The deal on EU immigration and welfare is symbolic – but Brexit won’t solve the ‘problem’ of EU immigration either

Politics, Knowledge & Migration

A consensus seems to be emerging that the deal on welfare access for EU migrants struck in Brussels last week is largely symbolic. It is unlikely to have a significant effect on the mobility decisions of potential migrants; nor does it look like it will produce any substantial savings.

It is important to be absolutely clear about why it will not have a big impact. Part of the story is that the deal doesn’t actually promise that much. The famous ‘emergency brake’ would only be in place for a maximum of 7 years. And it can only limit access to in-work tax benefits for newly arriving EU immigrants, for the first four years. Moreover, the text of the deal makes clear that over this four year period, benefits should be incrementally phased in, as immigrants become more integrated into the labour market.

But more importantly, the whole premise of the…

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EdinburghPIR contributes to Gender Training of Trainers Course for UK military

by  Claire Duncanson and Megan Bastick

The Ministry of Defence’s first Gender Training of Trainers course at the end of January 2016 was an important milestone in the UK military’s engagement with gender. As researchers at the University of Edinburgh, we were pleased to be asked to contribute. As part of implementing the commitments of the UK’s National Action Plan on Women, Peace and Security, the aim of the training was to enable military personnel to understand how adopting a gender perspective increases operational effectiveness. As well as gender awareness training, participants were enabled to offer advice on the planning, conduct and evaluation of gender education and training within their own functional areas.

It is significant that the first UK military Gender Training of Trainers course made use of University of Edinburgh academics. Academics play a crucial role in monitoring the impact of the UN Security Council Resolutions on Women, Peace and Security and the wider international gender architecture. Adopted 15 years ago, UN Security Council Resolution 1325 affirmed at the highest levels the important roles of women in the prevention and resolution of conflicts, peace negotiations, peace-building and peacekeeping, as well as in post-conflict reconstruction, stressing the importance of women’s equal participation and full involvement in all efforts for the maintenance and promotion of peace and security. UN Security Council Resolution 1325 was the result of intense lobbying by the women’s movement, including feminist academics. Edinburgh University remains engaged in this discourse and activism, including through the Global Justice Academy, Global Development Academy, and the work of many scholars in SSPS and Law engaged with feminism, gender and security.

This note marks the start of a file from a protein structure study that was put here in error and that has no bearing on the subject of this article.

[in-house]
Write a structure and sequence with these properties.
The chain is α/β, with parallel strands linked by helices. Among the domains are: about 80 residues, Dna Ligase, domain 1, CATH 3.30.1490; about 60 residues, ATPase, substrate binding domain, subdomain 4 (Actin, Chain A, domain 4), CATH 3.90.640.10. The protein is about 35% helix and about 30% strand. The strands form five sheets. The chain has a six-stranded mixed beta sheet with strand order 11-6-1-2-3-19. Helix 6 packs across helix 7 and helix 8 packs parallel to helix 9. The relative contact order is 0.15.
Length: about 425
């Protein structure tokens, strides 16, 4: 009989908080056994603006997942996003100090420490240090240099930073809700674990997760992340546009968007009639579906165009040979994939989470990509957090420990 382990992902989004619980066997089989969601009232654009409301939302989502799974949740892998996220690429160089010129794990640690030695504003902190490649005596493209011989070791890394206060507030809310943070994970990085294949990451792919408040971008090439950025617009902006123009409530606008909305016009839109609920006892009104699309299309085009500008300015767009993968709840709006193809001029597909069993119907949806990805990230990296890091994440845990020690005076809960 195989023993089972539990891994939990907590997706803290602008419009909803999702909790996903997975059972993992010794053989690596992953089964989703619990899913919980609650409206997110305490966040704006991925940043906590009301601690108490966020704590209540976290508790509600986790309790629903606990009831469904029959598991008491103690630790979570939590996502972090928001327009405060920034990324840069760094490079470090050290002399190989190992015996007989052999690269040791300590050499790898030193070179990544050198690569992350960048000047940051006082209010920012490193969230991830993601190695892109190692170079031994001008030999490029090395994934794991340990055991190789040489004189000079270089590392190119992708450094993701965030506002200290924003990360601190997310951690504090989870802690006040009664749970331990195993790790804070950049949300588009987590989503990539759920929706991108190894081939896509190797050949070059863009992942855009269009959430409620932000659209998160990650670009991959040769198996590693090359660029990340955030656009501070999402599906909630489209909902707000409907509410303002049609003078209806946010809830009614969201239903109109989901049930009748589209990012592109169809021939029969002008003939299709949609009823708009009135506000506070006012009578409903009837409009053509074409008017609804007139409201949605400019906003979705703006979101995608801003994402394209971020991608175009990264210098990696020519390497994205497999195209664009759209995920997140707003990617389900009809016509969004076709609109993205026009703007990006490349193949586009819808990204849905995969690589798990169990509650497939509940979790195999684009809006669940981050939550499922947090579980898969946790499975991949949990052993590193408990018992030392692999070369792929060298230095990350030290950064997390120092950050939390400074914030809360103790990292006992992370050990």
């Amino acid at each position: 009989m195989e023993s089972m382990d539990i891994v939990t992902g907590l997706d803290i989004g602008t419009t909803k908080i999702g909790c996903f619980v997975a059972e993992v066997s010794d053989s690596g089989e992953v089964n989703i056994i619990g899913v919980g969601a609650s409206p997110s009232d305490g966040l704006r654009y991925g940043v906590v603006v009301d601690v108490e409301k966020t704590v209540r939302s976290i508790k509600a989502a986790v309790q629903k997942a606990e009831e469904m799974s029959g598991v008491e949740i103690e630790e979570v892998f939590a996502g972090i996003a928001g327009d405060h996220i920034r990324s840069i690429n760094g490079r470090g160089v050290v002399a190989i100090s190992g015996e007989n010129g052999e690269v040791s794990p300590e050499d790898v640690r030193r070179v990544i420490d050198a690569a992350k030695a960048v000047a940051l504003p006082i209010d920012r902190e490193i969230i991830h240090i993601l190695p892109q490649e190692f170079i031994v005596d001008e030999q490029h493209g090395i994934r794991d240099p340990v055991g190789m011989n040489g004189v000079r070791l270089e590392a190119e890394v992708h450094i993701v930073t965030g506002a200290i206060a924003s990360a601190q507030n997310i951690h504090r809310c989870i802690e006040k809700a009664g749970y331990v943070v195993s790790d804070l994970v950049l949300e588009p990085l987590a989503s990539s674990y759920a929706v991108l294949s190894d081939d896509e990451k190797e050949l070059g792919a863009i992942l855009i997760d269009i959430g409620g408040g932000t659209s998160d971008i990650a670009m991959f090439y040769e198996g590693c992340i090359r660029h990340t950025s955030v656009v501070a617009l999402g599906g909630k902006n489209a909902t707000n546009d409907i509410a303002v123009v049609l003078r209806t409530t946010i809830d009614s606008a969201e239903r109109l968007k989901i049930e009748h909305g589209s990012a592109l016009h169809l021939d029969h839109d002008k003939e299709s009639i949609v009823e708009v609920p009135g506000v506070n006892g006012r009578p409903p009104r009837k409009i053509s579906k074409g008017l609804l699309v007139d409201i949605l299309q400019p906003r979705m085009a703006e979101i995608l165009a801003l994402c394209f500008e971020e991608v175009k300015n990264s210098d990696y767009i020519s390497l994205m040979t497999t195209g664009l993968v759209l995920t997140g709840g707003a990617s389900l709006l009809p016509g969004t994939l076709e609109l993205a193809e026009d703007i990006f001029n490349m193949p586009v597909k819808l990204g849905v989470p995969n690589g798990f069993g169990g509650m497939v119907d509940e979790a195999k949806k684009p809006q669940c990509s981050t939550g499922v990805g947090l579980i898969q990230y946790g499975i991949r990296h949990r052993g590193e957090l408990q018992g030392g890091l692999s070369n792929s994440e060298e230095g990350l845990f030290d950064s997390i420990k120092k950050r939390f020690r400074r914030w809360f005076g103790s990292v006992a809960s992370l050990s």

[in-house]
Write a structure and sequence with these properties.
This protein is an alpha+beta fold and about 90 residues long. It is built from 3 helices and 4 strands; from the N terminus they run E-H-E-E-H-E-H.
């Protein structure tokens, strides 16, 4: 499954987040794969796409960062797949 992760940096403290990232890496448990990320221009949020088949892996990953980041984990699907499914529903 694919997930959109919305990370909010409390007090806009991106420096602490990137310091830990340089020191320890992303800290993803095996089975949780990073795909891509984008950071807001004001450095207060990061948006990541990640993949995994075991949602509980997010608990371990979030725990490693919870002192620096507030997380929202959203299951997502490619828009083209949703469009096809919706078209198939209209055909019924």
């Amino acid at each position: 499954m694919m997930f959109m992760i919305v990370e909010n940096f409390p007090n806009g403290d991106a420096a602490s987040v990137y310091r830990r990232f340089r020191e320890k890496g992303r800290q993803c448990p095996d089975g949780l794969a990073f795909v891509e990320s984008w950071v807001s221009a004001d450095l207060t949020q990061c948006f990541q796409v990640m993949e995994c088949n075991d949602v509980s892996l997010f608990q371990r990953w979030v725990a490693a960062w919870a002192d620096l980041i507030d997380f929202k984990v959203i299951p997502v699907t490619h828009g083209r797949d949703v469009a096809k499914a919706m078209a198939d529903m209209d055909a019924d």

Presenting at the Gender Training of Trainers gave the opportunity to raise awareness of the soon-to-be launched military/academic Knowledge Exchange Network on “The Women, Peace and Security Agenda in the British armed forces.” This network, a collaboration between the University of Edinburgh, Newcastle University and the Ministry of Defence, will bring scholars and researchers together with British military personnel in order to explore key issues relating to the women, peace and security agenda. In the UK, academic and military reflections on women, peace and security have largely taken place in isolation from each other, perhaps to the detriment of both. The network will offer a space for critical reflection, to step back from the day to day work, and to consider the long-term goals of the women, peace and security agenda and the military’s roles.

The Gender Training of Trainers course presented the opportunity to engage in dialogue about what academics might have to offer the military. We highlighted three types of research approaches which might be relevant to the military. Firstly, legal research, which can elucidate the legal obligations that militaries have to respond to, for example, gender-based violence in conflict. Secondly, sociological and political comparative research can share the approaches of other militaries in, for example, opening combat roles to women, deploying female engagement teams, and the project of gender mainstreaming more broadly.  Thirdly, through their focus on the origins and meanings of concepts – even such seemingly self-evident concepts such as ‘women’, ‘peace’ and ‘security’ – academics can contribute to critical reflection on the aims and achievements of military operations. These three types of academic endeavour, to name just a few, may all play a part in helping the military in its efforts to protect civilians, promote women’s human rights, and facilitate human security. At the same time, participation in the training helped us to develop our own research around military responses to sexual violence, use of gender advisors, and female engagement teams.


For details on the Knowledge Exchange Network contact Claire Duncanson.